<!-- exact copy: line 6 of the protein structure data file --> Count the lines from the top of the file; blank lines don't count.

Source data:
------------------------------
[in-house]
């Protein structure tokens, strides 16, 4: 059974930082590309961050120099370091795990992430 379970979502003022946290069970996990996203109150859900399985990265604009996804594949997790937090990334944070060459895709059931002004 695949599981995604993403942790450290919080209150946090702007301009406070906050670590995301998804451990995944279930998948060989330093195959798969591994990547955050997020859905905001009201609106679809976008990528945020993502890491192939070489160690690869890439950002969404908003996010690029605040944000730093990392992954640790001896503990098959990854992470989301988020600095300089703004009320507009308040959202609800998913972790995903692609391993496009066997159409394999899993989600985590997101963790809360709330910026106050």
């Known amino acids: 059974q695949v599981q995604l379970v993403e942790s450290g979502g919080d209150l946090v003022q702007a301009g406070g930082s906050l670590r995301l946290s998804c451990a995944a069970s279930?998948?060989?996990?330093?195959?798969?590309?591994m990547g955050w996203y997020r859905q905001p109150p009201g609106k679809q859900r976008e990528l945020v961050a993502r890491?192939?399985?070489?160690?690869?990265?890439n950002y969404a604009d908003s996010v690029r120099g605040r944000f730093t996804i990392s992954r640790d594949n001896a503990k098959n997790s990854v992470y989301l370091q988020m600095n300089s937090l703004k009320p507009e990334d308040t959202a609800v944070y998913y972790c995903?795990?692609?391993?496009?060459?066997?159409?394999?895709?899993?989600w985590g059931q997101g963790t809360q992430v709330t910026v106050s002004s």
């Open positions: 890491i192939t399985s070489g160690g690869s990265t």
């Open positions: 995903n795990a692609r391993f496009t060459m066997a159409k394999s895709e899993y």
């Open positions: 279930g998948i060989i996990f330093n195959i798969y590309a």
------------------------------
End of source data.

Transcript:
């Open positions: 279930g998948i060989i996990f330093n195959i798969y590309a």